The federal government, in a major flipping of the bird to sick poor kids across the country, kicked off its $1 billion digital TV campaign Tuesday by offering $40 coupons for digital converter boxes. The boxes will be necessary for anyone currently receiving over-the-air analog signals once the federally mandated digital switchover occurs on Feb. 17, 2009. This means if you're still watching Leno every night for free instead of paying for cable or satellite like a sucker, then the government has two words for you: "Tough luck."
Yes, come Feb. 18, 2009, if you don't have one of these boxes shoved securely between your rooftop antennae and your TV, then the only sound you'll hear over the snowy static will be your child crying, "Where'd Elmo go, Mommy?" Cable and satellite subscribers have less to worry about: their respective service providers will be handling the transition for them. But that still leaves millions of Americans -- a large percentage of them elderly and lower-income -- out in the cold to fend for their own entertainment and informational livelihoods. And, as Phillip Swann of TVPredictions.com points out, who is the least likely to be informed about the coming digital switch and the steps necessary to survive it? Exactly: elderly and lower-income Americans.
The government says it has that contingency covered, because part of its $1 billion plan -- that's billion with a "B," people -- is to provide not only the coupons but public service announcements about how to handle the digital revolution. That's sure to help a lot of people -- until they realize that those $40 coupons don't cover the entire cost of a $60-$70 digital converter. To assist with that, the government is letting each U.S. household sign up for two, count 'em two, coupons, which sounds good until you realize that every TV you own will need its own converter box. So if your house has two TVs, and you can only get $80 in assistance from Uncle Sam, you'll still need to pay up to $60 if you want all those TVs to work come next year.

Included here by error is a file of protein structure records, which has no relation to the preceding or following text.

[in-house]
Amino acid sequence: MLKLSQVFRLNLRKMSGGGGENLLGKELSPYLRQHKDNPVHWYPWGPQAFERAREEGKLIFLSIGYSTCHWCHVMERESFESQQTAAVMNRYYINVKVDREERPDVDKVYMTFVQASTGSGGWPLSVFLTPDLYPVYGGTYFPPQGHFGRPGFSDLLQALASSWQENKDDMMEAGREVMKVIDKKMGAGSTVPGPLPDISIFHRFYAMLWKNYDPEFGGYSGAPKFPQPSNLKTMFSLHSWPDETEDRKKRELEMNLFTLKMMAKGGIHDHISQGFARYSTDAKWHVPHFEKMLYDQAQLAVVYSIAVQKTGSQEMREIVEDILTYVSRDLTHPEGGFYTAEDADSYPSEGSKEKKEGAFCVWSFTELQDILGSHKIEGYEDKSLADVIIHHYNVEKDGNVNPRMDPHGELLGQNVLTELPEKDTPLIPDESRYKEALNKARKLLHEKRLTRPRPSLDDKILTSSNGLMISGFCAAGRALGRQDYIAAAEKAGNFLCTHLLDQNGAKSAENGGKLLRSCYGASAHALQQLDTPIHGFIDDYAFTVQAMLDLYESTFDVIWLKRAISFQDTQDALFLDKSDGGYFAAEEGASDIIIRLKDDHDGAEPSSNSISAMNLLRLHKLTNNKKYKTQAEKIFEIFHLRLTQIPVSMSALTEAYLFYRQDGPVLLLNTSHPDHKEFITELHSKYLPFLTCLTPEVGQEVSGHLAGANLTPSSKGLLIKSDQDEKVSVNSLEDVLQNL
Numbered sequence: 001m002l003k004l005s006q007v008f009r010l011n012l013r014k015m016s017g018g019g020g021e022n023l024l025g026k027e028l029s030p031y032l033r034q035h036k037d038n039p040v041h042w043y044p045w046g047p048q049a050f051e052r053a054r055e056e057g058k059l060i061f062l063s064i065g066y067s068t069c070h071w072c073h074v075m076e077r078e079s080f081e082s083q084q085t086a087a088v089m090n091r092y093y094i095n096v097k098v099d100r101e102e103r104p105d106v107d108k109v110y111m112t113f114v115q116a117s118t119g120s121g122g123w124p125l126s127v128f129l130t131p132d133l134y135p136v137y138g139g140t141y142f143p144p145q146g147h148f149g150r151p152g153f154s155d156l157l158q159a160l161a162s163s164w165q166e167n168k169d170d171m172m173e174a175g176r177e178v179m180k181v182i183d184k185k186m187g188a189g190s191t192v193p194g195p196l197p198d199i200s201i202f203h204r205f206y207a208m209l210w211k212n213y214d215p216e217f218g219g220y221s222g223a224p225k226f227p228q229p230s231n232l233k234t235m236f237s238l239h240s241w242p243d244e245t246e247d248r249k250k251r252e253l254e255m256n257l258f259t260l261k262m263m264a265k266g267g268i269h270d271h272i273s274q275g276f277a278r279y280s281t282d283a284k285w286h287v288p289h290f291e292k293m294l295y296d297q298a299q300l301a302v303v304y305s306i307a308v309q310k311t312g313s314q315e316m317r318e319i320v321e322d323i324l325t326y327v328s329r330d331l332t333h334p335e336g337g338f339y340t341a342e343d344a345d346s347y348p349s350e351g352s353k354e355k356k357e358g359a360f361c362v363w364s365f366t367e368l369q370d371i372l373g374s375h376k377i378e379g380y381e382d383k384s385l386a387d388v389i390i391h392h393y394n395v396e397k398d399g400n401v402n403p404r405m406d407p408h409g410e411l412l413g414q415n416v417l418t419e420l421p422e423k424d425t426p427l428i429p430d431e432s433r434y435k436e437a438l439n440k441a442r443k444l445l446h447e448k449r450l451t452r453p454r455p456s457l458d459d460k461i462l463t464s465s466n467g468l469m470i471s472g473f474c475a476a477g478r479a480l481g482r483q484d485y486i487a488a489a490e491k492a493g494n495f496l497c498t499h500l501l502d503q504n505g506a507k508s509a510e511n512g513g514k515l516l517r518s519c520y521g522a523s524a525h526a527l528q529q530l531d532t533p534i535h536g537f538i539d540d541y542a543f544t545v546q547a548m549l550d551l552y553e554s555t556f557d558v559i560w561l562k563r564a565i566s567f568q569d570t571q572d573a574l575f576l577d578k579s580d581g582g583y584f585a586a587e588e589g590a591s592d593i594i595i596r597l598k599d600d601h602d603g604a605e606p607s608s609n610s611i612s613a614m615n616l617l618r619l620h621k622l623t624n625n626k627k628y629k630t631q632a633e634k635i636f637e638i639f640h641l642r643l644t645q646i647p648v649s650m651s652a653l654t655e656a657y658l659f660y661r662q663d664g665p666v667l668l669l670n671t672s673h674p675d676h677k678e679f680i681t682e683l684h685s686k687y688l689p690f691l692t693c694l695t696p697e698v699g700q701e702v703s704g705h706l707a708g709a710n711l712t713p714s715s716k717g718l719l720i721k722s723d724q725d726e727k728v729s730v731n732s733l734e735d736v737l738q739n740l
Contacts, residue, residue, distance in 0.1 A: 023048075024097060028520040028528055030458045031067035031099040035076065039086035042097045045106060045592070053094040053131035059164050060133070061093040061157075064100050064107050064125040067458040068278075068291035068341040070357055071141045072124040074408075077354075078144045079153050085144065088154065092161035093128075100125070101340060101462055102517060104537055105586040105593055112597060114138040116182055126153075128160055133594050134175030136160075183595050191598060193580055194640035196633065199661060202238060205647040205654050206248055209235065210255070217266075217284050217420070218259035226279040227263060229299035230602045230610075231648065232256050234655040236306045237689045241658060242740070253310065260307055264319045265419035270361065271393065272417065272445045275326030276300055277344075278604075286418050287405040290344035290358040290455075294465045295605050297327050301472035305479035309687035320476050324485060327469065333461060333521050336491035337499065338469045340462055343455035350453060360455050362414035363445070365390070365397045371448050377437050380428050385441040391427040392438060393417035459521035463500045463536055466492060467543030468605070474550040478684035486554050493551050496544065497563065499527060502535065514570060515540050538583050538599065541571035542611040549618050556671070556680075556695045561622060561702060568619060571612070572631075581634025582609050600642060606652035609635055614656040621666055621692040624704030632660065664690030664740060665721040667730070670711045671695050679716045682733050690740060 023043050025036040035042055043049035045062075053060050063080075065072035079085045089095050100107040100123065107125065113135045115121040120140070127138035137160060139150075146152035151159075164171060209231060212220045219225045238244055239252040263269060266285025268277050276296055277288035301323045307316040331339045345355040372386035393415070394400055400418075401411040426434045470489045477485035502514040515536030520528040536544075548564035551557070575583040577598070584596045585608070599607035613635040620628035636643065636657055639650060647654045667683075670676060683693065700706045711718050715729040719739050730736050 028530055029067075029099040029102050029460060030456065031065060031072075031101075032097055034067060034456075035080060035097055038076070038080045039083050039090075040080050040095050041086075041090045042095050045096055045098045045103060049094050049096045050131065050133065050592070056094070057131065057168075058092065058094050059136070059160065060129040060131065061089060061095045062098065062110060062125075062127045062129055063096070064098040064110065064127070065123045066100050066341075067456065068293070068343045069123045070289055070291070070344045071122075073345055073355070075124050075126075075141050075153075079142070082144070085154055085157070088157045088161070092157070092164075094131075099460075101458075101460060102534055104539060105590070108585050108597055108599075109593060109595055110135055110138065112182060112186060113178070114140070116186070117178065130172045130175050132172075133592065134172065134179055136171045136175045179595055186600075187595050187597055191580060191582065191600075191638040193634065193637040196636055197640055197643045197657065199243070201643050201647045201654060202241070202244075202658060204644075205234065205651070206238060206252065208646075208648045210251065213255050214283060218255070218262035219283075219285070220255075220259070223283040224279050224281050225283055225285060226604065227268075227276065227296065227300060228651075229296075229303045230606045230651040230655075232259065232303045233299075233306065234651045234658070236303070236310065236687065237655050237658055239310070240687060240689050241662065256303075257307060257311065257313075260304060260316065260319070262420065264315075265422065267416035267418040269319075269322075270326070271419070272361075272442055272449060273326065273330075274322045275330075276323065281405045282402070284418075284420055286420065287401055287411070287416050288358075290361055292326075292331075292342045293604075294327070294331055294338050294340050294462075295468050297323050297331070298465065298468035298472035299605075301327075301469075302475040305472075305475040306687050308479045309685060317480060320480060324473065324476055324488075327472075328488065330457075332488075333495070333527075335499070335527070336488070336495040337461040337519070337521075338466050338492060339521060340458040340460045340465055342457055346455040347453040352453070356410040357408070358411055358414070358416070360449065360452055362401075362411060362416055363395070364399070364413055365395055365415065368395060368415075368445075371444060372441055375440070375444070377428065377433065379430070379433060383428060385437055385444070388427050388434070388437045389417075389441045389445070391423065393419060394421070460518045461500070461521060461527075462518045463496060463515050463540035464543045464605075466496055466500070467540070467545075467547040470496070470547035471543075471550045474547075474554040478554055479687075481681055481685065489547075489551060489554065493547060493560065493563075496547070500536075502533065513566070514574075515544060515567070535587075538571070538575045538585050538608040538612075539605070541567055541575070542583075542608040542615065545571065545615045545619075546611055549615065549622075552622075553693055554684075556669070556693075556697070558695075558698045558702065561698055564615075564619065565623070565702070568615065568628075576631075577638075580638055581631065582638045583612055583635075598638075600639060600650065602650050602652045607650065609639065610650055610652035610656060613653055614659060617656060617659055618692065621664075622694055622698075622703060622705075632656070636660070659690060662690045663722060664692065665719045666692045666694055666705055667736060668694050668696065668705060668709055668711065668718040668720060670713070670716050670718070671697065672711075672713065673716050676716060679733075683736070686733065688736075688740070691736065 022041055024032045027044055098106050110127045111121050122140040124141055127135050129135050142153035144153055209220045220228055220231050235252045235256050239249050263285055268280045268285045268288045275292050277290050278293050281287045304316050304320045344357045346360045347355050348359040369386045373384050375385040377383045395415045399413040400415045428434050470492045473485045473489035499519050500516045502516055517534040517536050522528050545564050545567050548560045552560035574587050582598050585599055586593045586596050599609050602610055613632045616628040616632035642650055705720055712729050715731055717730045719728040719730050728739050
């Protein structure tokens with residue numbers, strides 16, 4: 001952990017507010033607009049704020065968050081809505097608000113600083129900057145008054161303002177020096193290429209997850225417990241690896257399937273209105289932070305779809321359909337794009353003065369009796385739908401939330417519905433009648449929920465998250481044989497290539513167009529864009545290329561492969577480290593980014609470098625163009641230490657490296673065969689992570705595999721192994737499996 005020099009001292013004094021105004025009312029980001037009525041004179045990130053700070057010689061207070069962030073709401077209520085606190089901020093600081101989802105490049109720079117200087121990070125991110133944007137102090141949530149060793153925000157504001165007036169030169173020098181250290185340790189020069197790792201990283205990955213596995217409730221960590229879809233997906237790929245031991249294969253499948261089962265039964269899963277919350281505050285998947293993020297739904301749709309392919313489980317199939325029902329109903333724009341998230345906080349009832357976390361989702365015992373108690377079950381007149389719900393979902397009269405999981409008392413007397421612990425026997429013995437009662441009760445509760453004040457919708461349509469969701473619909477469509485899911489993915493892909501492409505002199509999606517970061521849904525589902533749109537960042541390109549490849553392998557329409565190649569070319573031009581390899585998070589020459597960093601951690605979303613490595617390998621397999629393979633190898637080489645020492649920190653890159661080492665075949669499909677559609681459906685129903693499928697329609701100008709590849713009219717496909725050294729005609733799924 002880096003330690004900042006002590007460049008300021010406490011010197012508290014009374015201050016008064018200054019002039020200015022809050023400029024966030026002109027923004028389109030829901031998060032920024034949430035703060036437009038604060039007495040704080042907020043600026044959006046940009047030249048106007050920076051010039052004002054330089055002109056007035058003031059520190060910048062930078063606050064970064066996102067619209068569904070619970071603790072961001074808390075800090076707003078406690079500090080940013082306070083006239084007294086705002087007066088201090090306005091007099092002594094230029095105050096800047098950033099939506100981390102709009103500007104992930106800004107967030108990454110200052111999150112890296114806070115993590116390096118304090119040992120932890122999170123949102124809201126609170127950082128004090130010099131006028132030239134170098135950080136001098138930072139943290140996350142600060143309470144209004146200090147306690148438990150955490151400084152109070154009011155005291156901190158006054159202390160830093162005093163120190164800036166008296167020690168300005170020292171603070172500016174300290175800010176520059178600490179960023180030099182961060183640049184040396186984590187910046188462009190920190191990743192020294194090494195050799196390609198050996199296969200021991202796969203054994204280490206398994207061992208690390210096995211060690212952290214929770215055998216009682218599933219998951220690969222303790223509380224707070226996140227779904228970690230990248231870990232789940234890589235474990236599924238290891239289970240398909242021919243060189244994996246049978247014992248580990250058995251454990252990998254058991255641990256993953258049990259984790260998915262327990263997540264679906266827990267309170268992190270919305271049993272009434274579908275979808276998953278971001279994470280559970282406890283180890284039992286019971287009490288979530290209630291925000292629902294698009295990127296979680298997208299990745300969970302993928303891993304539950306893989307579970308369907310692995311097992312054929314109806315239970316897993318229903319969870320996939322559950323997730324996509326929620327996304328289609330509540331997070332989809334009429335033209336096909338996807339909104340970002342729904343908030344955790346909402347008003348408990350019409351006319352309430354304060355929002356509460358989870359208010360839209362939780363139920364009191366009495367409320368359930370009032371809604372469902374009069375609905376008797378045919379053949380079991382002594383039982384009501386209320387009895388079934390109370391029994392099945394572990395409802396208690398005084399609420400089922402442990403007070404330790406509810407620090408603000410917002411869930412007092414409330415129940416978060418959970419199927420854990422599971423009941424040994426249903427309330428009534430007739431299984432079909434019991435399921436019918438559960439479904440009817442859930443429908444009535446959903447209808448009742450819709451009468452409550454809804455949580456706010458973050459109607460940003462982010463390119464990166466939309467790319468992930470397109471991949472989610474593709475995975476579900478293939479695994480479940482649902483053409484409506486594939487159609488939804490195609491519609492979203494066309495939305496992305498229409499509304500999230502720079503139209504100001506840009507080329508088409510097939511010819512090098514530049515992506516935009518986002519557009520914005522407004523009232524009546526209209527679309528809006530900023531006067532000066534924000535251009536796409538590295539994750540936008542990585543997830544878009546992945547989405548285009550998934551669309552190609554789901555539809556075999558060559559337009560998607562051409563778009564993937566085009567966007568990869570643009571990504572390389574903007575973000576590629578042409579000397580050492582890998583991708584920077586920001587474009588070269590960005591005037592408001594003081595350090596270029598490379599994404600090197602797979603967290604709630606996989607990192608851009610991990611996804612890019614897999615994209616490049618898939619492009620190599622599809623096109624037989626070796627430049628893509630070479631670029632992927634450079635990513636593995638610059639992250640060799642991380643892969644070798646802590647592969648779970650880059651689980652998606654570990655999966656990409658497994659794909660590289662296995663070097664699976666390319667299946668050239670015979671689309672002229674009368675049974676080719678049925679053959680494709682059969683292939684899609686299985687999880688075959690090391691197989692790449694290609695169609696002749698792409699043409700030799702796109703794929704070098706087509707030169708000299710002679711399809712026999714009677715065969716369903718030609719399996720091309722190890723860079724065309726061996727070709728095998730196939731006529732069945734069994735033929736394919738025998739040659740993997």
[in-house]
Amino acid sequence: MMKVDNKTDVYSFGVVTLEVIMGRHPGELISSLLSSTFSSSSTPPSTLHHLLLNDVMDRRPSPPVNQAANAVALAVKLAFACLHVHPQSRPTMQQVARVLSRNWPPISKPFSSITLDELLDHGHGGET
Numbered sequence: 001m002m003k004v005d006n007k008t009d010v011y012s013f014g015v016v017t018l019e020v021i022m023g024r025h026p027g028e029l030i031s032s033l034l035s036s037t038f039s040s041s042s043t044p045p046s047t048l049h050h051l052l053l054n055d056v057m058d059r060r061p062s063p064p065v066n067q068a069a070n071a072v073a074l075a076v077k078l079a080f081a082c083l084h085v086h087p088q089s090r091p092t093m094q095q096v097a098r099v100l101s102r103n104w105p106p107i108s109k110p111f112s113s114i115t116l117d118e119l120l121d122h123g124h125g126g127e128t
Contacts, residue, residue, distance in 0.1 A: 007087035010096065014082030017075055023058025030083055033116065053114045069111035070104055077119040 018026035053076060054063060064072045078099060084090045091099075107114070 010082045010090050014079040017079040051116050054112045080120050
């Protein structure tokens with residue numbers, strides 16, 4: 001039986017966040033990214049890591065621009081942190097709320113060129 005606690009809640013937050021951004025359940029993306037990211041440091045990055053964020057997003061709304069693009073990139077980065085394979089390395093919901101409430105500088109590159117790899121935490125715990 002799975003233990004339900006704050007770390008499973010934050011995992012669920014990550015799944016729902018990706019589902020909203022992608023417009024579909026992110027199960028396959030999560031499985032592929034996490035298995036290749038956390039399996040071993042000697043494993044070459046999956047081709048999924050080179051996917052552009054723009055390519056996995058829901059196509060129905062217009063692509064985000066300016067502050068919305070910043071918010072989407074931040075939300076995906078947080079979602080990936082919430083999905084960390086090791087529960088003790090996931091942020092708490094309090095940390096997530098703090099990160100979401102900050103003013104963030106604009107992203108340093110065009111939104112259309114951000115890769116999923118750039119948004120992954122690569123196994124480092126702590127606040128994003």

And, hey, all you cable/satellite subscribers: Do you still have a couple sets, maybe in the basement or your kids' room, that aren't hooked up, and that still rely on over-the-air signals? Well, guess what? You get to shell out some big bucks, too! Whoever said TV couldn't bring people together!
The question I have is, who asked for this digital switch in the first place? Have you ever heard anyone who uses rabbit-ears on their TV say, "You know, I enjoy getting my TV shows for free, but I sure wish the resolution of Drew Carey's fat head could be sharper." Yet the government decided years ago to surge ahead with this preemptive digital strike, and just the other day the FCC announced they would allow broadcasters to start phasing out their analog signals even sooner than the 2009 deadline, according to this article by Information Week. It seems the big winners here will be not only the government, which is expecting to make billions by auctioning off the soon-to-be empty analog frequencies, but to wireless phone companies who are clamoring to snag some more airspace. (Read more about that here at Uncommon Thought.)
TVPrediction's Swann believes that confusion brought on by the converter boxes will cause the government to rethink its digital switch timetable. Even if that were the case, it would require Congress to act quickly and cooperatively on something, and when's the last time that happened? So if you know anyone who will need a converter who is still in the dark, do them a favor and make sure they're up to date. It may be expensive and unfair, it may benefit big business at the expense of your grandmother, and it may be just one more way for our government to waste money, but, hey, that digital TV picture sure is pretty.
To get your coupons, or for more information, check out the National Telecommunications and Information Administration's Web site.
-- Adam Reinhard, firstname.lastname@example.org
Labels: random TV